A friend and I were talking a few weeks ago, and she made the following statement:

“One of the hardest parts of long-term ministry is burying your friends. I buried a dear friend on Monday. It was all I could do not to burst out crying in the pulpit. Thank God for Easter!”

Your pastor probably could say the same thing.

Grief is a steady companion for ministers, and a healthy church will recognize that dealing with grief is essential if your ministers are to help you navigate the difficult waters of grief and loss.

Have you thought about all the ways clergy encounter grief in their work?

I’ve been thinking about grief a good bit lately. My wife and I have several friends and family members who are in the midst of significant grief events. The impact upon us is palpable.

I recently preached at a church I formerly pastored. Although I have been gone nearly 25 years, I found myself deeply moved by the experience.

One of the most emotional moments for me was when I stood in the pulpit, looked out over the congregation and found myself seeing the empty seats of those who were missing.

Death had visited numerous times in the congregation, and many of the people who had shaped and loved me are no longer among us.

Marriages had ended; families had become inactive. I was nearly struck silent by a deep sense of loss and had to work hard to regain my composure for the rest of the worship service.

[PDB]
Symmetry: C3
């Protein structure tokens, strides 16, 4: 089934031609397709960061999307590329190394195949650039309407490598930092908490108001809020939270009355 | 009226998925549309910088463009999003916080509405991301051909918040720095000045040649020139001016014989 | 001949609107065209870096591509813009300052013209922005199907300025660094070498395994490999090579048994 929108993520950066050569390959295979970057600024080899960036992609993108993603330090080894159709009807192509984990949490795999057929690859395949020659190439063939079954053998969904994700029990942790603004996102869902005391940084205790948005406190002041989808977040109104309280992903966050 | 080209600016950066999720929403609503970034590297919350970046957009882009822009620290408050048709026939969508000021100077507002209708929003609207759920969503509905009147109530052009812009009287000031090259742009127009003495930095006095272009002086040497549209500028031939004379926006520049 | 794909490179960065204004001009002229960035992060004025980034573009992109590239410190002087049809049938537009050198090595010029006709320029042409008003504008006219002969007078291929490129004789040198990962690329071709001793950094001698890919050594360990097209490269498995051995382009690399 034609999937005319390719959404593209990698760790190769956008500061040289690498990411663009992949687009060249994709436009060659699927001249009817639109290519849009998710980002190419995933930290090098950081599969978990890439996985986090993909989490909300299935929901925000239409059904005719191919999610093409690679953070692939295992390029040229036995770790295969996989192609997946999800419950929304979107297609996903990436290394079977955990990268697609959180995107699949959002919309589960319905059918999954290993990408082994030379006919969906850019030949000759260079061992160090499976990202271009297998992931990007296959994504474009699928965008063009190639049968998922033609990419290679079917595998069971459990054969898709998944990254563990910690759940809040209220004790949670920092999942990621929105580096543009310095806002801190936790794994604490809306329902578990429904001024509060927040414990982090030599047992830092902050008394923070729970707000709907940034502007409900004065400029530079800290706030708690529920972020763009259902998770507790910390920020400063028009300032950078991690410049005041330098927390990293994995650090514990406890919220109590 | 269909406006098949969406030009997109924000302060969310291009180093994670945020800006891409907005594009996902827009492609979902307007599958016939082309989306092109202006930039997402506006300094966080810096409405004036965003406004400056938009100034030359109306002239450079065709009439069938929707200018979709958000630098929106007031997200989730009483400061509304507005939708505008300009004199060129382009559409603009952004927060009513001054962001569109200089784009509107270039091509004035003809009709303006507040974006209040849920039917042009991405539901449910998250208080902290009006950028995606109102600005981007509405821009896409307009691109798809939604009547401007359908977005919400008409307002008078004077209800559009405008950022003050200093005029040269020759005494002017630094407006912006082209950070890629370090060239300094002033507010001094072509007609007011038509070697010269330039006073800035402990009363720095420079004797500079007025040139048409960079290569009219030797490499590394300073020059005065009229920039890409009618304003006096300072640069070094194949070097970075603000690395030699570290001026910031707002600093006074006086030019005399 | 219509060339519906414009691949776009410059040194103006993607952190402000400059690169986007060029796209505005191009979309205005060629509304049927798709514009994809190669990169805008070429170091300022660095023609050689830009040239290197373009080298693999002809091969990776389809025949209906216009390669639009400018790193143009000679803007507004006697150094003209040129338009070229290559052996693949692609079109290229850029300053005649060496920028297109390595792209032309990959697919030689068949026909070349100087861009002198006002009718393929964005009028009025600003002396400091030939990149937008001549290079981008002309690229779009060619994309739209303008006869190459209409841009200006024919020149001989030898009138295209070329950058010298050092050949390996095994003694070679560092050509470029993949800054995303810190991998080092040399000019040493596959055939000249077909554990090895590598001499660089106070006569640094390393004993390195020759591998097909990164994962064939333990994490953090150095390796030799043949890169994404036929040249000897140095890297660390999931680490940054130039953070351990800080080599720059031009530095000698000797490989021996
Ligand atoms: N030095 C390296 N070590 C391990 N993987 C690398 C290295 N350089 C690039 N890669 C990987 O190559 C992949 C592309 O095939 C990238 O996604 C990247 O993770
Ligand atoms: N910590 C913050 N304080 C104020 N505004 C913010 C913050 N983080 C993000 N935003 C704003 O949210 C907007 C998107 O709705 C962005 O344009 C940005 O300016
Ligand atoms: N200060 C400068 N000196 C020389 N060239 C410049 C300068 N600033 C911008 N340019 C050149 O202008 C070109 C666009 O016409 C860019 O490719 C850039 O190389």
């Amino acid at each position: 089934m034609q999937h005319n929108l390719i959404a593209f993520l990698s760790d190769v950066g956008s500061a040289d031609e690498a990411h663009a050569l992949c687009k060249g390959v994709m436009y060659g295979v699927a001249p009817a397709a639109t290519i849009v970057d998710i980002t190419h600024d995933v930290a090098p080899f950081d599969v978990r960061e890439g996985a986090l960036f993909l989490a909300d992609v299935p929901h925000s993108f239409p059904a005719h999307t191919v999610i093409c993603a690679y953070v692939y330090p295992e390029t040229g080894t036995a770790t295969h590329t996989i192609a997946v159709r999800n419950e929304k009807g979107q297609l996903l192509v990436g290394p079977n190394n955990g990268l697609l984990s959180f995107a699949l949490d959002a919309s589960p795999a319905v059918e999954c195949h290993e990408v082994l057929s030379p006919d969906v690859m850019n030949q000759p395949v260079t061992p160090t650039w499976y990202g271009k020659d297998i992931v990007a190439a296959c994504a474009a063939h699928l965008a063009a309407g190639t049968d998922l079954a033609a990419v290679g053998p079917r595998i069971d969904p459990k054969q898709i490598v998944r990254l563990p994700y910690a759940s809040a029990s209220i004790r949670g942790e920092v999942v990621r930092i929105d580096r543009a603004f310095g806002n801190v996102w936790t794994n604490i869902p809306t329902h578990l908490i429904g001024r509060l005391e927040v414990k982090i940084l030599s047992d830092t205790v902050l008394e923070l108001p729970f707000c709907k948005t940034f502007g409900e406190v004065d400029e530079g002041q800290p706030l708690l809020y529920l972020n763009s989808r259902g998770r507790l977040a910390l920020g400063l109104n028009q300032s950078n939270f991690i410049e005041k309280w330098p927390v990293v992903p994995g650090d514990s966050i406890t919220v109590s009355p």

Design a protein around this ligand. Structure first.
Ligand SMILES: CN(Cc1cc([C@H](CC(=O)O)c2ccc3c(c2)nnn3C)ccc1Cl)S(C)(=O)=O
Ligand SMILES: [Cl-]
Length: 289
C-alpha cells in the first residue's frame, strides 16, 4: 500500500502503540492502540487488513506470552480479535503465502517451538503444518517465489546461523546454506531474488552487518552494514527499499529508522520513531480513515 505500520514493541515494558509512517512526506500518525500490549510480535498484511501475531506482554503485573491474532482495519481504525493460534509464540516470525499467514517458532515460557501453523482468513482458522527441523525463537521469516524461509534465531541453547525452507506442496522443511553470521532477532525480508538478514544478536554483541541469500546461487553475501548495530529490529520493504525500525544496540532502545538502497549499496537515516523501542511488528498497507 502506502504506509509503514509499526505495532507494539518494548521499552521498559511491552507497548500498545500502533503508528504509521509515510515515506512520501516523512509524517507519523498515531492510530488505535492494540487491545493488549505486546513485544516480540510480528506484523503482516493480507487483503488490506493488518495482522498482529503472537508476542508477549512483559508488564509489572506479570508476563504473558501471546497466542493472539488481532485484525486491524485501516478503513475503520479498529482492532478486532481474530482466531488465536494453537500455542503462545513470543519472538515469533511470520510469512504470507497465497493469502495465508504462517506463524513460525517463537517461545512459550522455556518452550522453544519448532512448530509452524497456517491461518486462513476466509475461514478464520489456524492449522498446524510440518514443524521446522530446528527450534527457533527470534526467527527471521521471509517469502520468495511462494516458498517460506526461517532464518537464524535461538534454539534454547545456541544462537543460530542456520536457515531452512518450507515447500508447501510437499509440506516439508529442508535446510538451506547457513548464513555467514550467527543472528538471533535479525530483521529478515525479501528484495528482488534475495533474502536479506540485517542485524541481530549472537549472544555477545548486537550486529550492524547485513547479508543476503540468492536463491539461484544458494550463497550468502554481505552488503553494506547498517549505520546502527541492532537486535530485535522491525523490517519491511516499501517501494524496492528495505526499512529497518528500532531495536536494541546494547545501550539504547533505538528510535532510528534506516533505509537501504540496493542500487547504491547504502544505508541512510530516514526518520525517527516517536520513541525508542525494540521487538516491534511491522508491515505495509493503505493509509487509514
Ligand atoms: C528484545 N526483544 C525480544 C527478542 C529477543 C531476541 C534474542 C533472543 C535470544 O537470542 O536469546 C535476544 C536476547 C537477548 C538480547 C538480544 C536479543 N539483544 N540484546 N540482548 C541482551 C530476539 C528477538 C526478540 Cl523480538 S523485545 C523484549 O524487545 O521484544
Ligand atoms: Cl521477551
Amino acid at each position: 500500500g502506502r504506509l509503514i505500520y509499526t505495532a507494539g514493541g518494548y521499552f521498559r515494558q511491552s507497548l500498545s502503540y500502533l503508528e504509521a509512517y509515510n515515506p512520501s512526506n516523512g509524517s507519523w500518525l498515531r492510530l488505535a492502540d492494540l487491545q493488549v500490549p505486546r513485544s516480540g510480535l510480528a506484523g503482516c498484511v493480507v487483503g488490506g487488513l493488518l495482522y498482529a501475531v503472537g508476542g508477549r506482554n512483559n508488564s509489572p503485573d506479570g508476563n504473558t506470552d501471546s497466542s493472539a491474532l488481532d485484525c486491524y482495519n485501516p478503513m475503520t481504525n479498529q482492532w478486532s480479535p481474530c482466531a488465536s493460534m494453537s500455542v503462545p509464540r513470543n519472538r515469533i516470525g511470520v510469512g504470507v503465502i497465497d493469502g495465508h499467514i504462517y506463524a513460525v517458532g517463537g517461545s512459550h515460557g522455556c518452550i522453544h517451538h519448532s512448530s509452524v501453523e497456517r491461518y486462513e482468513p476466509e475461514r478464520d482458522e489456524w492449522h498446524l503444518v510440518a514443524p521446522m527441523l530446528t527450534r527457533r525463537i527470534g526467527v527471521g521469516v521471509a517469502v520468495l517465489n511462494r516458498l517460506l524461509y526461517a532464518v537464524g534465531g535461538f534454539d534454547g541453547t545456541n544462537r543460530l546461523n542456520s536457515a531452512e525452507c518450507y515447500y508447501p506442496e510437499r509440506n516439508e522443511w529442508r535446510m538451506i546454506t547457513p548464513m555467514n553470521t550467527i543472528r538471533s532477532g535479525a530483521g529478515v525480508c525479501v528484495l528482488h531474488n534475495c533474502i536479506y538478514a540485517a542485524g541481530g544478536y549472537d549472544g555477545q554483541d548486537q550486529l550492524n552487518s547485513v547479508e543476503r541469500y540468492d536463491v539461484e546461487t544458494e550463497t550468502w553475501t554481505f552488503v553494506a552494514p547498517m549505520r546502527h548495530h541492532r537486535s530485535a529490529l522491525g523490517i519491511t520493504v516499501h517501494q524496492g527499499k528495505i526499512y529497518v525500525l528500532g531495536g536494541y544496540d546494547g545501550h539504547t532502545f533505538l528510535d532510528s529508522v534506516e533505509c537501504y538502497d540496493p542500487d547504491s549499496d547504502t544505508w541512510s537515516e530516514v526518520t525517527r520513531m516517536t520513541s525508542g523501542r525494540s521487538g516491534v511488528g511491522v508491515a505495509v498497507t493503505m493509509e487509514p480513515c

I have talked regularly with clergy and laity alike who are in various stages of grief with regard to their ministry or church.

Some are angry, some are sad; many are confused and bewildered by events they experience.

Some find themselves being transported back to unresolved grief experiences in the past by things happening to them in the present.

When a minister and congregation live with one another amid the ups and downs of everyday life, it becomes essential that they give one another room to grieve and permission to be human.

My colleague was articulating a truth that many clergy feel guilty for experiencing. Dealing with death and serious illness on a daily basis requires a level of disconnectedness from a minister to be able to function.

When everyone else in the ICU waiting room is panicking and emoting, it is extremely helpful for the minister to be the voice of controlled, calm assurance.

Even if you are devastated by the prognosis, the family needs you to be able to help them think clearly and make good decisions.

Shedding tears isn’t taboo; it may just need to wait for an appropriate time.

The point is ministers need to make sure there is a time when they grieve.

After you have been part of a church’s life for a few months, funerals become times where you bury friends, not strangers.

God grants us the ability to speak words of comfort and encouragement even when they are words directed back to ourselves.

Ministers need to grieve the losses they see in the lives of others, as well as the losses that are part of our own personal and family story.

When we do, we model the hope that Christ enables us all to feel in times of loss.

When we do not, we set ourselves up for darker experiences that produce despair and hopelessness.

Remember your minister the next time you encounter grief. You may need to check in with him or her and encourage them to grieve the losses you and your church have endured. You may need to grant permission for them to be human.

Some days, we clergy try and deny that we have feelings about losses, but grief is one of those emotions that will not be denied.

When we are able to experience our losses as believers, we embody the hope-filled grieving that the Bible calls us to know.

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